by Ken Canfield, Ph.D.
As a grandparent, you can’t help but have desires and dreams for your grandkids. And if you’re anything like me, it’s tempting to get carried away and push your suggestions and opinions on their parents.
But before trying to exert your influence, remember that every married couple needs to leave their parents and create a new, unique family of their own. That’s the best situation, and it’s just as important in single-parent situations. Being the mom or dad is their role and responsibility, and we need to acknowledge that and respect them, even when we disagree with their approach with their children.
So, here are two important “rules” for how to deal with our own ideas about their parenting:
1. Wait for the parents to ask for advice. We need to give our adult children the freedom to parent, to figure things out, and even to fail. So take a step back, give your kids room to be parents in their own way, and keep looking for ways you can encourage them. You may not always agree with their approach, but it’s important to respect their right to choose their own parenting style.
Generally, think in terms of influencing them with your example and hold your opinion until they ask for it. If you’re mostly positive and encouraging, they’ll be much more likely to come to you when they have a question or face a difficult situation. And even if they ask, make sure they really want to hear your suggestions and they aren’t just venting their frustrations. Most of all, your goal should be to help them be the best parents they can be, whether they parent their way, your way, or some other way.
2. Share observations of the grandkids—with no strings attached. Because of your years of experience and the perspective you have because you aren’t in their home 24/7, you will see things in your grandchildren’s lives and character that the parents may not see. Telling them at an appropriate time and speaking with love can be a big benefit to the parents.
When our kids were young, our youngest son spent a weekend visiting my parents. When we picked him up, my dad commented on the slight stutter in his speech. In the middle of raising five kids, we hadn’t paid that much attention to it, but on the drive back home, Dee and I talked and decided to take him to a speech specialist. Sure enough, some simple tests confirmed what my son’s grandfather had observed, and we took steps to help him learn to speak more clearly.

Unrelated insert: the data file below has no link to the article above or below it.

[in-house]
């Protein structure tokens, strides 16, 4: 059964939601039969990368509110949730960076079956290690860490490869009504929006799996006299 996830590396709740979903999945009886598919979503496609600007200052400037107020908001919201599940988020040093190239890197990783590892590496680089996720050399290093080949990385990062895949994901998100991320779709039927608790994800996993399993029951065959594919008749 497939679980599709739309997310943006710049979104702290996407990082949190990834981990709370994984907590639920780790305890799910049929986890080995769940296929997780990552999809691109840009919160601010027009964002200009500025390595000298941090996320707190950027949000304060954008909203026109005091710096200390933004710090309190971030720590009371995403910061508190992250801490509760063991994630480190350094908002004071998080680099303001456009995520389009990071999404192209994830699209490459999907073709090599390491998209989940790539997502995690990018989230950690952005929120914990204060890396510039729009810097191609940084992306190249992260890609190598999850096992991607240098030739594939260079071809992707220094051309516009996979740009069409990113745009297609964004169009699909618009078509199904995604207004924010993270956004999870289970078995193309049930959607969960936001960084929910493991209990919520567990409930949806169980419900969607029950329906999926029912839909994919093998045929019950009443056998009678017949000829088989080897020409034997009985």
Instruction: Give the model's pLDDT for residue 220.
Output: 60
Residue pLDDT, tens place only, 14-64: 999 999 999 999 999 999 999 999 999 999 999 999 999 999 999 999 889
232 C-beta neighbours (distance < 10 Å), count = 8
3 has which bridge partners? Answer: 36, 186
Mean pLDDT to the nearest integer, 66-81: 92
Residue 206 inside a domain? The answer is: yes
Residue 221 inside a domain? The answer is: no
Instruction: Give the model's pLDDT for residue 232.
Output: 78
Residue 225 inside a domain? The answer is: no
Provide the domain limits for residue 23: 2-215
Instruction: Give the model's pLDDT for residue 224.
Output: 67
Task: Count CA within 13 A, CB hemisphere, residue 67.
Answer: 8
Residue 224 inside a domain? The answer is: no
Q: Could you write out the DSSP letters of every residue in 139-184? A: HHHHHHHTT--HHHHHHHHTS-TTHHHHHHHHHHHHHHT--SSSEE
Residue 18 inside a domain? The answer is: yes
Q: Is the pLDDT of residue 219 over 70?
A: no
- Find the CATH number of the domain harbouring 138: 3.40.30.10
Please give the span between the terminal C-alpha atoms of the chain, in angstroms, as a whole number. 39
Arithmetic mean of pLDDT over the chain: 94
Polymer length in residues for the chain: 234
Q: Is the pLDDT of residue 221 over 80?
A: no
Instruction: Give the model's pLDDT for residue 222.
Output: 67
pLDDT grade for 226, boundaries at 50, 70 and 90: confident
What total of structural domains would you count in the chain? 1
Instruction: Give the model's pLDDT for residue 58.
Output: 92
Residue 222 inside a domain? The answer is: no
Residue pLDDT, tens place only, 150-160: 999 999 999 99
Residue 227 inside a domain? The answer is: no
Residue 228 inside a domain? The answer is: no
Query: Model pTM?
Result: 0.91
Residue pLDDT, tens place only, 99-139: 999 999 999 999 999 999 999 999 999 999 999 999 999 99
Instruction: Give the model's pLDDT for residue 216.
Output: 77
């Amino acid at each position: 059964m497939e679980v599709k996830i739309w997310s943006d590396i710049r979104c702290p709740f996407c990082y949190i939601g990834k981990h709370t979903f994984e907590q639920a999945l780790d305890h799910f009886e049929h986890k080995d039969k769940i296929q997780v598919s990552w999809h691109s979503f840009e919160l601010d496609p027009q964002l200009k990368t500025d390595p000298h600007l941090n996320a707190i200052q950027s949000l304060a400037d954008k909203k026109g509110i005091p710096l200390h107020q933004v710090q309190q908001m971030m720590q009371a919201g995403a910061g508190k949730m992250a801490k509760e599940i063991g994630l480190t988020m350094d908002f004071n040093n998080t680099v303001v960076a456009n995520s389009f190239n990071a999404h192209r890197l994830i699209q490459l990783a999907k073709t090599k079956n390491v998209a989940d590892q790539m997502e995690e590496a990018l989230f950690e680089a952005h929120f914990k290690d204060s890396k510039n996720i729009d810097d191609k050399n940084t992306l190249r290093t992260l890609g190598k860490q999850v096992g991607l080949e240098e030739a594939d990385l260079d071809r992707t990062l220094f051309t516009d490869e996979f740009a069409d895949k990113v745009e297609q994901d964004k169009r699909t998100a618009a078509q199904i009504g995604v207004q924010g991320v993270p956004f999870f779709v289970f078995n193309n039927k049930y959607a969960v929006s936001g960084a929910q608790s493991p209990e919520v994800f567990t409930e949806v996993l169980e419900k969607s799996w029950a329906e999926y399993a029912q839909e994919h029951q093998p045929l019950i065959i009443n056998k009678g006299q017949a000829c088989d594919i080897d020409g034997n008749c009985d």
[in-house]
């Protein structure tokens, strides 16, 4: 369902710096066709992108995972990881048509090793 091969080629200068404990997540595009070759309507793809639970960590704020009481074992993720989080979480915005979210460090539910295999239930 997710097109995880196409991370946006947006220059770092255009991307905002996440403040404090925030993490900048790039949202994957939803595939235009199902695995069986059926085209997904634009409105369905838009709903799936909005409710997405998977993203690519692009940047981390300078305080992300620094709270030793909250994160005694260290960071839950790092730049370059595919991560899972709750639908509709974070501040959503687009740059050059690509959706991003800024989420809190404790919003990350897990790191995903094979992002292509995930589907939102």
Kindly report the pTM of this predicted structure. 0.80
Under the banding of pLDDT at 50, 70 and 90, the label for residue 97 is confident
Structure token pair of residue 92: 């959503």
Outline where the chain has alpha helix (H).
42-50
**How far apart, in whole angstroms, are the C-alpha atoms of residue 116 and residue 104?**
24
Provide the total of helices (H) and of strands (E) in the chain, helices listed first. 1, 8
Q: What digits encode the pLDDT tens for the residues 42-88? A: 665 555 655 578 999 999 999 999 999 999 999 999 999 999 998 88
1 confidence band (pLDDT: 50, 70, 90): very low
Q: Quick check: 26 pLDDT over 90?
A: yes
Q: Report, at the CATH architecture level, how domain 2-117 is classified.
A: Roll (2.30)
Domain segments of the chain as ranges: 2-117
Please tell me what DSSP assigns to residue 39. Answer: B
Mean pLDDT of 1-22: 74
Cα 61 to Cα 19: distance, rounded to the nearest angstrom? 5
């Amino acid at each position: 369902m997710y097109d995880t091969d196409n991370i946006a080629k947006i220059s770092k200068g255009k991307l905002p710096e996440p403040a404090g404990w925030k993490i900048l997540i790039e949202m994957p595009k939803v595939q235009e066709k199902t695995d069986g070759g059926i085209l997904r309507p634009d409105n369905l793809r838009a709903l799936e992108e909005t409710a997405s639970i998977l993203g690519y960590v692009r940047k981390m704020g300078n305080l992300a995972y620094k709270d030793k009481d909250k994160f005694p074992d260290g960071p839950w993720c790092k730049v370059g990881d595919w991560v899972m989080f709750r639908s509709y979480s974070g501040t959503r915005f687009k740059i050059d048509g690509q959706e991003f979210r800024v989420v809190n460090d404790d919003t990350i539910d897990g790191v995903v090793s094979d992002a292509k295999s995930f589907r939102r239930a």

When a grandparent’s observations are shared in a positive and supportive manner, everyone wins. The key here is knowing when to stop talking: provide useful information without adding unsolicited advice or exerting pressure on the parents to respond in a certain way. Your input can be valuable, but leave it up to the parents to decide on the best course of action, if any. Once again, share your suggestions only if they ask you.
Now, are there ever situations where the parents truly are irresponsible and the children are at risk living under their care—or lack of care? Yes. Sadly, this is somewhat common today, and sometimes grandparents are in a position to take action to protect their grandchildren. These are always complex situations, and I would advise seeking out wise counsel before taking any drastic steps. Your positive encouragement can make a big and often surprising difference.
I’m just scratching the surface here. What other wisdom have you picked up about how to respond to your adult children as parents? Please share your thoughts on our Facebook page.
This was adapted from Dr. Ken Canfield’s book, The HEART of Grandparenting. Find out more and get your copy here.